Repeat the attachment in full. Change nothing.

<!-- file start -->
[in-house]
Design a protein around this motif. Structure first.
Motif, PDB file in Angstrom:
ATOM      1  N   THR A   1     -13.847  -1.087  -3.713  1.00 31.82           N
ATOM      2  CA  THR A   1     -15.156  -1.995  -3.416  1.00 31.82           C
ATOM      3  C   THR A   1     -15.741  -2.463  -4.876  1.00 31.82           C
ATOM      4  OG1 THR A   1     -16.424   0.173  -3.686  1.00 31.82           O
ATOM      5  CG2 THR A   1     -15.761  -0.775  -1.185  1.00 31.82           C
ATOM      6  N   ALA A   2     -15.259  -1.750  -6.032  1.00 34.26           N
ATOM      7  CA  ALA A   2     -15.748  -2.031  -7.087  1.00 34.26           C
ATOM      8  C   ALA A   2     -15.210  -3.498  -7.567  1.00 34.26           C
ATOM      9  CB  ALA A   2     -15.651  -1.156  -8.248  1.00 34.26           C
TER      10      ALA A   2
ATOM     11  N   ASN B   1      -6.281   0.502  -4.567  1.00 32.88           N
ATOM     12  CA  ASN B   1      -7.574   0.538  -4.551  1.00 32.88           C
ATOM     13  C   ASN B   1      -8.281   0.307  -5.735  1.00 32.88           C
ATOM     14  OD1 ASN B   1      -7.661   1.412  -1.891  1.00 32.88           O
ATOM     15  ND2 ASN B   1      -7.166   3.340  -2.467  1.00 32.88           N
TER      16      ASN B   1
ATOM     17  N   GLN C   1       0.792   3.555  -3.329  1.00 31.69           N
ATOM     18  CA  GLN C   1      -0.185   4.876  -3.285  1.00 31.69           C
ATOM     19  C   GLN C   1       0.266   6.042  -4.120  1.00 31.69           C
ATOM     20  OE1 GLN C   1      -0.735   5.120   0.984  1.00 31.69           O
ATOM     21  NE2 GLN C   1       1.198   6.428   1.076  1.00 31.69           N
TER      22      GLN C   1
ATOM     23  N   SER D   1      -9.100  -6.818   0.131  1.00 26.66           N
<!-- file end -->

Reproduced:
[in-house]
Design a protein around this motif. Structure first.
Motif, PDB file in Angstrom:
ATOM      1  N   THR A   1     -13.847  -1.087  -3.713  1.00 31.82           N
ATOM      2  CA  THR A   1     -15.156  -1.995  -3.416  1.00 31.82           C
ATOM      3  C   THR A   1     -15.741  -2.463  -4.876  1.00 31.82           C
ATOM      4  OG1 THR A   1     -16.424   0.173  -3.686  1.00 31.82           O
ATOM      5  CG2 THR A   1     -15.761  -0.775  -1.185  1.00 31.82           C
ATOM      6  N   ALA A   2     -15.259  -1.750  -6.032  1.00 34.26           N
ATOM      7  CA  ALA A   2     -15.748  -2.031  -7.087  1.00 34.26           C
ATOM      8  C   ALA A   2     -15.210  -3.498  -7.567  1.00 34.26           C
ATOM      9  CB  ALA A   2     -15.651  -1.156  -8.248  1.00 34.26           C
TER      10      ALA A   2
ATOM     11  N   ASN B   1      -6.281   0.502  -4.567  1.00 32.88           N
ATOM     12  CA  ASN B   1      -7.574   0.538  -4.551  1.00 32.88           C
ATOM     13  C   ASN B   1      -8.281   0.307  -5.735  1.00 32.88           C
ATOM     14  OD1 ASN B   1      -7.661   1.412  -1.891  1.00 32.88           O
ATOM     15  ND2 ASN B   1      -7.166   3.340  -2.467  1.00 32.88           N
TER      16      ASN B   1
ATOM     17  N   GLN C   1       0.792   3.555  -3.329  1.00 31.69           N
ATOM     18  CA  GLN C   1      -0.185   4.876  -3.285  1.00 31.69           C
ATOM     19  C   GLN C   1       0.266   6.042  -4.120  1.00 31.69           C
ATOM     20  OE1 GLN C   1      -0.735   5.120   0.984  1.00 31.69           O
ATOM     21  NE2 GLN C   1       1.198   6.428   1.076  1.00 31.69           N
TER      22      GLN C   1
ATOM     23  N   SER D   1      -9.100  -6.818   0.131  1.00 26.66           N